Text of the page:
- Share this article on Facebook
- Share this article on Twitter
- Share this article on Email
- Show additional share options
- Share this article on Print
- Share this article on Comment
- Share this article on Whatsapp
- Share this article on Linkedin
- Share this article on Reddit
- Share this article on Pinit
- Share this article on Tumblr
Felicia Day has many titles: “Queen of the Geeks,” the “New Media Maven” and the “Online Trailblazer,” just to name a few. But now The Guild creator, Buffy the Vampire Slayer and Supernatural alum has a new title she can add to her list: New York Times bestselling author, peaking at number three on the list.
Day has recently released a memoir titled You’re Never Weird on the Internet (Almost), in which she delves into the story of her journey from a homeschooled girl who started college at the age of 16 to a true Internet celebrity. While the main message behind her book is to “embrace your weirdness,” she said the hardest part of her book to write was a very personal chapter about her struggles with depression and anxiety.
“I by no means have shaken all of those things [depression and anxiety]. I think they’re a part of who I am,” Day said. “I think that in talking about depression and anxiety, it’s really important to have someone who you see from the outside as being very successful and confident, but if you’re able to peel back the layers, you see that everybody has problems. Success can bring just as many emotional challenges. I think it made people feel less alone.”
Day spoke with The Hollywood Reporter just after finishing her last day of a three-week long book tour, where she interacted with hundreds of fans at book signings across the country.
She was pleasantly surprised to hear that readers were moved by her honesty about her mental health issues.
“I’ve heard lots of stories about people who have been affected by reading that chapter, either discovered something about themselves or feel less isolated, and that’s a great thing,” she said.
Day said she believes entertainers and public figures have a responsibility in media to represent the wide variety of different voices and human emotions. She said she is proud to have helped others grow and offered advice for anyone who might still be struggling through tough times.
“You want to be in the driver’s seat — not the passenger’s seat — when you go through the bumps. There’s a terrible storm that we’re gonna go through inevitably as people, and the more you can be in charge of the car, the better,” Day advised.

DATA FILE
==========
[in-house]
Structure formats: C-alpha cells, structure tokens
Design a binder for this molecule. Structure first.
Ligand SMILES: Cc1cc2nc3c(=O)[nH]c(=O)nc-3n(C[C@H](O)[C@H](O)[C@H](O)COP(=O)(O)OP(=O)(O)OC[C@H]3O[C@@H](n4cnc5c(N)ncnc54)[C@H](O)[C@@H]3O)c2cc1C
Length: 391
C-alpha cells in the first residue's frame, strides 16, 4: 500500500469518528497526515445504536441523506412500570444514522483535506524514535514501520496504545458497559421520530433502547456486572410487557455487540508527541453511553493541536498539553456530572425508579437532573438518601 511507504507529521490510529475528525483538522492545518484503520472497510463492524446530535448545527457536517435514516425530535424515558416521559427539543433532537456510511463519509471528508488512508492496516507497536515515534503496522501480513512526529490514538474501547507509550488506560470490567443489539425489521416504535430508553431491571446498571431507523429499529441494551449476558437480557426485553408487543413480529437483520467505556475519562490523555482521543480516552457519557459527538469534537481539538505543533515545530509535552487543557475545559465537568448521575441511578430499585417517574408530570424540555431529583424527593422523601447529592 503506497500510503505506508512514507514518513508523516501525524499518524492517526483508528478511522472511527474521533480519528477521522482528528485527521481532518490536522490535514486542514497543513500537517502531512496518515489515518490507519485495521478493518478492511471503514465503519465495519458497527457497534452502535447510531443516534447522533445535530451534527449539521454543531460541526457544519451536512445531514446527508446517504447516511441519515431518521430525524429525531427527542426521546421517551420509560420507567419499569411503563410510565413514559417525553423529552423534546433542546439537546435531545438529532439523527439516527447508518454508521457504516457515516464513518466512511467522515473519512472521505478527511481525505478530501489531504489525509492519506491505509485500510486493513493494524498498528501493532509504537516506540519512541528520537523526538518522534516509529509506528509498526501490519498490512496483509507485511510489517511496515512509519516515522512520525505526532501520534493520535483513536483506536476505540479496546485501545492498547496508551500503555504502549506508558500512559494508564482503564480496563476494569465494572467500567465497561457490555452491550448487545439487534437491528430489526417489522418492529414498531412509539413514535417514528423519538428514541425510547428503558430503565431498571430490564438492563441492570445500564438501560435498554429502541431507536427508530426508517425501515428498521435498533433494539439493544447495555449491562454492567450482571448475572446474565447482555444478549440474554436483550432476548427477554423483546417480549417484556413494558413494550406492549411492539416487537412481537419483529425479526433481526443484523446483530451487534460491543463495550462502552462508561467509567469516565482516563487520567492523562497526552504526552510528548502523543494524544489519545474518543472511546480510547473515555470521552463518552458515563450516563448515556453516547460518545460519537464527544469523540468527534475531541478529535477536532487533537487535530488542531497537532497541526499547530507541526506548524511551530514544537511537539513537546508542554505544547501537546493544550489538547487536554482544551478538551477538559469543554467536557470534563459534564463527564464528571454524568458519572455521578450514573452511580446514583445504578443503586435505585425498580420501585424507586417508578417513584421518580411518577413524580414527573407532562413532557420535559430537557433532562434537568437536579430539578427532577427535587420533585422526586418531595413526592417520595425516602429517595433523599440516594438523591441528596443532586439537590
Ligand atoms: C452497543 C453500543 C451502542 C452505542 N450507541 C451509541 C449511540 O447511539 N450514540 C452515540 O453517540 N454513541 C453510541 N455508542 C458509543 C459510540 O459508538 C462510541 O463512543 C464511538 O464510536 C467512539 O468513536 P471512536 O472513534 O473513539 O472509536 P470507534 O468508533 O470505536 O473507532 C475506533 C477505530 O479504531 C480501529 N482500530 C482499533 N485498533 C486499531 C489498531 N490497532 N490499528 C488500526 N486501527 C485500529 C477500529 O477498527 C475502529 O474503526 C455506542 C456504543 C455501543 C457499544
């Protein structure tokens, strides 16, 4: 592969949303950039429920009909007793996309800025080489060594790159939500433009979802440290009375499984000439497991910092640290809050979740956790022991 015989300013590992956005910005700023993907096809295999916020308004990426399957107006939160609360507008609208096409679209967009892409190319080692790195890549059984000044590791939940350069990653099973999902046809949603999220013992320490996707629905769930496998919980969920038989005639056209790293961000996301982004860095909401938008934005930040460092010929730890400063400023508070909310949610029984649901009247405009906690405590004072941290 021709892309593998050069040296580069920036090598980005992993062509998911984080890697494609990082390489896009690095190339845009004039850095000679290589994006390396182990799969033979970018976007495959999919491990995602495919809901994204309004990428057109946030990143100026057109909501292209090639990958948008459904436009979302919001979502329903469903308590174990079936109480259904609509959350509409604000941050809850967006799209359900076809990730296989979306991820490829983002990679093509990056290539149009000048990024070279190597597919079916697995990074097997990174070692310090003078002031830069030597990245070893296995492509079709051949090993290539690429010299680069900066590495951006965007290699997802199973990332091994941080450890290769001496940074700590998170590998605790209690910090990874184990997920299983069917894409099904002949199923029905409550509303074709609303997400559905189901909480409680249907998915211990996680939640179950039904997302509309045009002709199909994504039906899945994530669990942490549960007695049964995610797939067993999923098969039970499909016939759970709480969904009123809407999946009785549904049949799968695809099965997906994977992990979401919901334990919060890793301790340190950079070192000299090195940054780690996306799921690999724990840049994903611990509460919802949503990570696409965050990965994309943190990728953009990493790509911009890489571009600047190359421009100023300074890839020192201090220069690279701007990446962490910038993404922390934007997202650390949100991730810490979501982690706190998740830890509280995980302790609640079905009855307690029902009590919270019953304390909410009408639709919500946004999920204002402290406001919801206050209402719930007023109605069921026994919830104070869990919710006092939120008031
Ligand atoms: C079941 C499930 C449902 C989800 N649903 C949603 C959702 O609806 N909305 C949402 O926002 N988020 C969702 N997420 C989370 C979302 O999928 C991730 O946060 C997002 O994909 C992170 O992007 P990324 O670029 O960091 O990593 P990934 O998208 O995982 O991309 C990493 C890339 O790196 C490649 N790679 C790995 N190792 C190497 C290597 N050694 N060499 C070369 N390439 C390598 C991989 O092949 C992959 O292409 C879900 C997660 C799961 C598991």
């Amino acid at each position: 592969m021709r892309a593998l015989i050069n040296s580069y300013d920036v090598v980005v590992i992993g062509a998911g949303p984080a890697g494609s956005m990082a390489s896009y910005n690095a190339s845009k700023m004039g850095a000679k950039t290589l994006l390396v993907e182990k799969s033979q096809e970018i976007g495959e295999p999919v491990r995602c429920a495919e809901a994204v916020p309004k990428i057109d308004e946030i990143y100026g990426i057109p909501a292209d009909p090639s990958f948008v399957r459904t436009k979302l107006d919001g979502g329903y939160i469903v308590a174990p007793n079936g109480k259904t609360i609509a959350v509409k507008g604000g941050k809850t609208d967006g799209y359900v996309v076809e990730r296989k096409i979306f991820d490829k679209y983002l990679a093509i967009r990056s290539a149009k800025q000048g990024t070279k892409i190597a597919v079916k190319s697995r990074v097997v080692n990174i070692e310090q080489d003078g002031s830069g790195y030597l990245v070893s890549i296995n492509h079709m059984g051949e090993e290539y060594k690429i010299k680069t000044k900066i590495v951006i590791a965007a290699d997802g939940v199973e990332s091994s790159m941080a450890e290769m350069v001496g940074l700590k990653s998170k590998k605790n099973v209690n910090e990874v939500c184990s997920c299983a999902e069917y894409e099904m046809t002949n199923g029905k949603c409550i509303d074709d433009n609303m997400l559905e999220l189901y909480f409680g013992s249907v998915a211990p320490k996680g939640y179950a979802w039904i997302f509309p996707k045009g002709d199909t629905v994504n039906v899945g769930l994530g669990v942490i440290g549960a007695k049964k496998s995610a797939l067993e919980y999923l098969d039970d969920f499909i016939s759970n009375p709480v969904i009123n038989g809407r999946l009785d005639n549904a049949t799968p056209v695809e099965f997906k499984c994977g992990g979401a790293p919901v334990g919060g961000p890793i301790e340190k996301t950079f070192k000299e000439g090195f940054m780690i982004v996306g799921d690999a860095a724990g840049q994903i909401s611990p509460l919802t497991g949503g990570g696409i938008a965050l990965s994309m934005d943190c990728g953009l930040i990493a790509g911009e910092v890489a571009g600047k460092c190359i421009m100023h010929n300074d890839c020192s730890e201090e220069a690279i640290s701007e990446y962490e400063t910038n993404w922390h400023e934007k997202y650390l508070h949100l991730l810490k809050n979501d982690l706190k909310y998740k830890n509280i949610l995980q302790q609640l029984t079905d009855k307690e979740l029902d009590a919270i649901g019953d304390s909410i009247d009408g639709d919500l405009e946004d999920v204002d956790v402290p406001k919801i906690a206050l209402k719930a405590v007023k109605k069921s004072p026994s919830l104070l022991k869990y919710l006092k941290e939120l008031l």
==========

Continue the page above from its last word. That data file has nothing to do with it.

In her self-proclaimed “geeky” way, she said learning what occurs psychologically in a depressed mind has helped her take control.
“The process of becoming aware of my brain a little bit more has done a world of difference. When I have a panic attack or feel anxiety, I at least have the [ability] to recognize what’s going on intellectually, and even just being able to shine a light on the dark recesses of my mind is just enough to stop what otherwise would have gotten out of control in the past.”
Another key message in Day’s memoir is to not be afraid to step out of your comfort zone and to be proud of what makes you “weird.”
“I want to encourage people to find belonging in the things that make you stand out,” Day said. “Those are actually the things that will help you have success in your career and in finding meaning in your life. You have to find the confidence to plant your feet and not move even though the tide and the water of conformity washes over you.”
The idea of embracing her weirdness has certainly propelled Day in her career.
While home schooled in the Deep South, she turned to the Internet, when it was still in its infancy, to find her sense of community through gaming and the digital world. After graduating from the University of Texas at Austin as valedictorian, she moved to Hollywood to act.
But ultimately, it was following her “weird” passion for gaming that led to her success. She decided to create her own web series in 2007 called The Guild, which is based on her own addiction to the online role-playing game World of Warcraft. The series took off, and she has since become an online entertainment pioneer. Day launched Geek & Sundry, her own multimedia production company and commercial YouTube channel, in 2012. Legendary Pictures acquired the company in 2014, but Day still retains creative control.
Her 2.51 million Twitter followers and over a million Facebook fans demonstrate Day’s success of tapping into programming designed for a niche audience. Day’s “geek-centric” shows have helped her become a true figurehead of the “geek culture,” and she is certainly taking advantage of this influence to continue to spread a positive message.
“When we feel alone, we are less confident when someone shuns us or makes us feel ashamed for ways that we’re different…but that’s really why I wrote this book in a sense,” Day said. “I feel like the more confidence and support we can give to kids to stick to their guns and be the person they want to be, the better they’ll be served in the long run.”
Now that her book tour is wrapped up, Day looks looks forward to the next big items on her agenda: writing her own comic book and working on new projects to act and direct in for Geek & Sundry. Her memoir is available for purchase at feliciadaybook.com.
Sign up for THR news straight to your inbox every day